The boy took the grandmother’s SUV and, without a license, drove towards the elementary school, crashing the car before he arrived. He had both assault rifles with him in the SUV, but only took one — and a bag of ammunition — with him as he walked to the school. When he got to the elementary school he encountered the school “Resource Officer” (a kind of school police officer; sometimes an actual member of the local police department, working either on or off official duty, sometimes a private security guard). They looked at each other. The 18-year-old young man standing there with the automatic rifle and a bag of ammunition, and the armed officer. The officer did not draw his gun, give a warning shot or attempt to apprehend the young man. The young man turned and ran into the school, down two hallways and into a class room on the left side of the hallway.

When he got inside the classroom filled with 10 year-old 4th graders and 2 teachers, he began to shoot. And shoot. And Shoot. 19 of the 10-year-olds were murdered, along with 2 teachers, one of whom through herself in front of some of the children trying to protect them. She died a hero.

40 to 60 minutes later, law enforcement shot the shooter and ended the horrific ordeal.

This is not the end of the story.

This story is much bigger than the horrendous crime committed by the 18-year-old. 19 10-year-olds will not go on vacation with their families this summer, or ever again. They will put no more teeth under their pillows for the Tooth Fairy. They won’t go to that long-awaited baseball game with their dad or mom. They won’t be helping mom make a birthday cake for dad next week. They will never go to Prom. They will never ever graduate from High School. They won’t be taking college entrance exams, and be jumping up and down because they got into the college they wanted. They won’t ever get married, no tux or white satin wedding dress. No next generation. And no growing old together.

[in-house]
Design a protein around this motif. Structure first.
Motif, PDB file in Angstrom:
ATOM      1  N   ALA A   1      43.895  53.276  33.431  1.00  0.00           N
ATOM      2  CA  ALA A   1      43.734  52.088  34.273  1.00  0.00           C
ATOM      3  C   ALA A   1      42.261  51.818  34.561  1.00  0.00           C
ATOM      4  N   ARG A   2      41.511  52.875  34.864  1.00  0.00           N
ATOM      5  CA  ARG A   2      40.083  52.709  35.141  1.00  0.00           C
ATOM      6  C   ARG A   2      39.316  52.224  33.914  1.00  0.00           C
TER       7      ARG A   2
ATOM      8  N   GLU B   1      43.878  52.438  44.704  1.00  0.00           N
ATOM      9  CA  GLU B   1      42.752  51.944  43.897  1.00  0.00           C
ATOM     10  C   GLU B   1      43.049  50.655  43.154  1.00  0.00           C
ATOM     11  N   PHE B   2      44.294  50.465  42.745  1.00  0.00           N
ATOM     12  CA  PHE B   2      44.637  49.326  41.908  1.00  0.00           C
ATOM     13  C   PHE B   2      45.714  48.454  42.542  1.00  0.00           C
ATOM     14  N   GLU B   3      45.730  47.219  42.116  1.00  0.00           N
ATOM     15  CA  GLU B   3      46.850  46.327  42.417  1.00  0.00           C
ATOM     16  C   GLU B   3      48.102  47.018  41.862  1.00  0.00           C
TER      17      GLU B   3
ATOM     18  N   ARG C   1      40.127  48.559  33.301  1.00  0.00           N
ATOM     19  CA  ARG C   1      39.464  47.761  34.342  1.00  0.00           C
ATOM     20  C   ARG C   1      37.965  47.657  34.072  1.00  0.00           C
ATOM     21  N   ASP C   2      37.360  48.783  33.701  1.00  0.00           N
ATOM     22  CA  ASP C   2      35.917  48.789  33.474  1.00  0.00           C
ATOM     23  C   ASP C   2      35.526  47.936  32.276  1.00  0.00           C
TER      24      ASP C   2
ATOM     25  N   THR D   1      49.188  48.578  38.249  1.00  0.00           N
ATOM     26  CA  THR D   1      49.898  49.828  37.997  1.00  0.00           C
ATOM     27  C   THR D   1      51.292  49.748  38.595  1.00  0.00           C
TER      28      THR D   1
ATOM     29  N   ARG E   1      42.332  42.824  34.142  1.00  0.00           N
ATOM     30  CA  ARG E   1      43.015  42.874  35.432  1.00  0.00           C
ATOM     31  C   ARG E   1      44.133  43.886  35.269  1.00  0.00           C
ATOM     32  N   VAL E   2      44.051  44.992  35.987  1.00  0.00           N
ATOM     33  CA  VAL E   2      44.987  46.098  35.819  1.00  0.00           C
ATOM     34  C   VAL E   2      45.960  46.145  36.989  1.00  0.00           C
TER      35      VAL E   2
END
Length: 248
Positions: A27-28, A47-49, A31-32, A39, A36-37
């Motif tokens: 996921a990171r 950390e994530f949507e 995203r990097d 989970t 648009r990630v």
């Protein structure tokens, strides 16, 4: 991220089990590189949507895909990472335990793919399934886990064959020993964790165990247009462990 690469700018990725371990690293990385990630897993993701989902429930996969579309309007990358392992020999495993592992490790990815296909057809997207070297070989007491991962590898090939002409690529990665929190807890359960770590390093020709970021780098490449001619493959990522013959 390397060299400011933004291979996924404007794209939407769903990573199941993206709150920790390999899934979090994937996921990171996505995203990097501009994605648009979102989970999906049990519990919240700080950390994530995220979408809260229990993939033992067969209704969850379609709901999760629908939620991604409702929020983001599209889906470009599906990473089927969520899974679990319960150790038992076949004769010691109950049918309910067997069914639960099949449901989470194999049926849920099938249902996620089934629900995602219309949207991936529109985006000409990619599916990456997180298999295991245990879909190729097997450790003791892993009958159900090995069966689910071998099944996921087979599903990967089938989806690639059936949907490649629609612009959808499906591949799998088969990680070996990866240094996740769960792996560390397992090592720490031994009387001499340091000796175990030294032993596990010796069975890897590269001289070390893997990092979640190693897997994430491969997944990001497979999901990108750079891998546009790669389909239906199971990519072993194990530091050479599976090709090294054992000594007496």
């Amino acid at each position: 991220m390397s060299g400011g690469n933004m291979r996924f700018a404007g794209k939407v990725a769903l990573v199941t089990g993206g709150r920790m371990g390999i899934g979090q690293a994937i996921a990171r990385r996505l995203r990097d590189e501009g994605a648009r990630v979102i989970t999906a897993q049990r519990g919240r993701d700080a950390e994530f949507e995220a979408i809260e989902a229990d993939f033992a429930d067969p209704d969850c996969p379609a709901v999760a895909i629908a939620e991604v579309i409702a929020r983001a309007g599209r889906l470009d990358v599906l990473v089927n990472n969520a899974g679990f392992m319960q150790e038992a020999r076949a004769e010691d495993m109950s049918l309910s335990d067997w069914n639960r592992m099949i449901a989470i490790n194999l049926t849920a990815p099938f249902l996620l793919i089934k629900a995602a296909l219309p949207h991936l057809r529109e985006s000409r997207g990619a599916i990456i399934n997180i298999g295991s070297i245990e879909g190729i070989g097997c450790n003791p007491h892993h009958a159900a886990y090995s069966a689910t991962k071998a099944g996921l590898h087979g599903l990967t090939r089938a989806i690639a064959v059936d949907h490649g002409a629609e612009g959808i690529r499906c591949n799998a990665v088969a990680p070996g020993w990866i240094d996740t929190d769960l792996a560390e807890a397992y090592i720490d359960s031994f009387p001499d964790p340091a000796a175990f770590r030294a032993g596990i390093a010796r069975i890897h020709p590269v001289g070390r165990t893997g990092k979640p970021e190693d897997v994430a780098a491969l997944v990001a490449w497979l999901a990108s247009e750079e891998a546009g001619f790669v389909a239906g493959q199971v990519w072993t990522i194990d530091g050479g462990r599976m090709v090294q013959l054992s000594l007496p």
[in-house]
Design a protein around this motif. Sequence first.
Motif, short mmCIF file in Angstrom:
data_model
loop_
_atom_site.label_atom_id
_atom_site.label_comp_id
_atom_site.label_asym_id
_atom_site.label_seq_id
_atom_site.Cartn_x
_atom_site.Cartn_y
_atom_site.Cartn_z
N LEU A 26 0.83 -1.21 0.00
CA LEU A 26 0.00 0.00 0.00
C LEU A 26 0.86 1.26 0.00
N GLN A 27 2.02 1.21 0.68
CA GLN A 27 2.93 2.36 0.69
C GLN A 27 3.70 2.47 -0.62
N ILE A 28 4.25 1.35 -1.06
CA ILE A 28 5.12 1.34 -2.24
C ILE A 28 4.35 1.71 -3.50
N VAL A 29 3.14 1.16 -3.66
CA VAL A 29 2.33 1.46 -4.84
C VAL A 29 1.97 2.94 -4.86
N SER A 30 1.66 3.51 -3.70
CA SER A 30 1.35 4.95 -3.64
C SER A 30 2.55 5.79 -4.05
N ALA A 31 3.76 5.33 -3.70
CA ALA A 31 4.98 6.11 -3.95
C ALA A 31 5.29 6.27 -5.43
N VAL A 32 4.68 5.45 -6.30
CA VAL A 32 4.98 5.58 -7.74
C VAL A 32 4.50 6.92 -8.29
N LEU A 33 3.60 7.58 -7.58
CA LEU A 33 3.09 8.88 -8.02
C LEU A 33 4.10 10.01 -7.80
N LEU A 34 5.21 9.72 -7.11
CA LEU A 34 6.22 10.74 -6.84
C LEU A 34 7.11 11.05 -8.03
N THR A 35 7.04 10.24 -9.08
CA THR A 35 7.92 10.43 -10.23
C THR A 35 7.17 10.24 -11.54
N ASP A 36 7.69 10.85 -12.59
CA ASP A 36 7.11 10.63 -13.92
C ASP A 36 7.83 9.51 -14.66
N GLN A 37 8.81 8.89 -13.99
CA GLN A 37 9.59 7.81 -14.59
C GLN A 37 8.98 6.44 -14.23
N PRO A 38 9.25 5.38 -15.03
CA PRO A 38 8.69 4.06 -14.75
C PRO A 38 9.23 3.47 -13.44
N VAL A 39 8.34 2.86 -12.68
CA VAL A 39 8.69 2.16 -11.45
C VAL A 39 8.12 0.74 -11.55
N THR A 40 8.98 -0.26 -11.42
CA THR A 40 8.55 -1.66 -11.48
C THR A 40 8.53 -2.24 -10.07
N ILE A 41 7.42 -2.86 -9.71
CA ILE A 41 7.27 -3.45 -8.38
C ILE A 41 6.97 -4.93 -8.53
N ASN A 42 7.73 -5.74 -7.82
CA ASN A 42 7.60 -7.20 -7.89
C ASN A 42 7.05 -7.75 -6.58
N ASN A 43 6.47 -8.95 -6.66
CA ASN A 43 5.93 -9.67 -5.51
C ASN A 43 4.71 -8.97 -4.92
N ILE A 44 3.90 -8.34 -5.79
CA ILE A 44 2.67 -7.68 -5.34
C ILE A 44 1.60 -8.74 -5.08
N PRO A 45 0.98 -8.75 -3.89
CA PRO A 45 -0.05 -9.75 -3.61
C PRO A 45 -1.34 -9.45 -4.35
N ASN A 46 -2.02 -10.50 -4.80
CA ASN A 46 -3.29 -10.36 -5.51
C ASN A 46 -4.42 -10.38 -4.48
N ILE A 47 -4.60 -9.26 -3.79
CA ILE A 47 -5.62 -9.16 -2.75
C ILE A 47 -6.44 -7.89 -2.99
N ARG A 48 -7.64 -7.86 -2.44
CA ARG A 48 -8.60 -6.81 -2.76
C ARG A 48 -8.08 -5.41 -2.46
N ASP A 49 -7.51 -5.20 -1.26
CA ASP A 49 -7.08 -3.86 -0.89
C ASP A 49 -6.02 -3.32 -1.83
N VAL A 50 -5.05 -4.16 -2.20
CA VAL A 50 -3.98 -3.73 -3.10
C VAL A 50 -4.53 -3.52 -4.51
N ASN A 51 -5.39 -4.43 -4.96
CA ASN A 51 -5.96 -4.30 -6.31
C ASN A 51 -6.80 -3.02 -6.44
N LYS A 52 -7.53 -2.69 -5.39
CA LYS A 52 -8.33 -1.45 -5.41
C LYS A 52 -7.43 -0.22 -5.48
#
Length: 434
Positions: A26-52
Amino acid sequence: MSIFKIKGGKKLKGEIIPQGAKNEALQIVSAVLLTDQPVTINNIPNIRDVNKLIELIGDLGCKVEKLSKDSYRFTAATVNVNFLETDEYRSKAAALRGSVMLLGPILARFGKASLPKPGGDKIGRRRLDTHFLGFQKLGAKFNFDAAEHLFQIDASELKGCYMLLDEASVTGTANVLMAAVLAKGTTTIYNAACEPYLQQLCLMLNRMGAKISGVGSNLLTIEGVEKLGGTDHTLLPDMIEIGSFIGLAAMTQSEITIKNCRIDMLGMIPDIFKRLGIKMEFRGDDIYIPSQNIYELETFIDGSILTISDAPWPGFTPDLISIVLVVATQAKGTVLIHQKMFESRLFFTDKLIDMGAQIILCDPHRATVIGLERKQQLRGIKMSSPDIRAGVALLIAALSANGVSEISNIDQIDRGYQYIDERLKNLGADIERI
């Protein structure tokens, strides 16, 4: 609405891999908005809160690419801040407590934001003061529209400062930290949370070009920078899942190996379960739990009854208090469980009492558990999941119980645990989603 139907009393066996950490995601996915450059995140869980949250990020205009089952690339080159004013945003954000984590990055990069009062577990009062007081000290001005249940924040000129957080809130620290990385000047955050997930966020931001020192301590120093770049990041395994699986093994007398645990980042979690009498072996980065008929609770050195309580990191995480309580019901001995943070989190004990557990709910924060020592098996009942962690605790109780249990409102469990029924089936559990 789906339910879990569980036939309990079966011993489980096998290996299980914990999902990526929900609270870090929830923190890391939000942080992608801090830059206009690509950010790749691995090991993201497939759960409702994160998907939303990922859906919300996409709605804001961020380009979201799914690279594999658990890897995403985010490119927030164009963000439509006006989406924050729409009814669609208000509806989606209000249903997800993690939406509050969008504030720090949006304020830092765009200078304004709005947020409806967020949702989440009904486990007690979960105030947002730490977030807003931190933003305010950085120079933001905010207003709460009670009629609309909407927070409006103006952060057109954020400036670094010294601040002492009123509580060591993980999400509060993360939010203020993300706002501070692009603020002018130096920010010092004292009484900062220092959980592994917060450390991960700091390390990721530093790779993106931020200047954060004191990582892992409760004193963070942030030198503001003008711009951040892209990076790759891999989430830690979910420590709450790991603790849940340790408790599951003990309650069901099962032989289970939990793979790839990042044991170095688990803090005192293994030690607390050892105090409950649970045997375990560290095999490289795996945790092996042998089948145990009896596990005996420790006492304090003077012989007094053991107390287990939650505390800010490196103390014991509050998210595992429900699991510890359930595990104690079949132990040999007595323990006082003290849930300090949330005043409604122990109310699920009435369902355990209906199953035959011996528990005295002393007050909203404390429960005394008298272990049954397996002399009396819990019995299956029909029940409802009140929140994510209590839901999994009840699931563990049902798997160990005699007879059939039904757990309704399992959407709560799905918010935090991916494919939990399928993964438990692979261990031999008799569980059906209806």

Their parents, their families, are never going to completely heal from this horror. To lose a child is hard enough when they are a victim of leukemia or cancer, but to be a victim of an angry kid who dropped out of high school — how do you recover?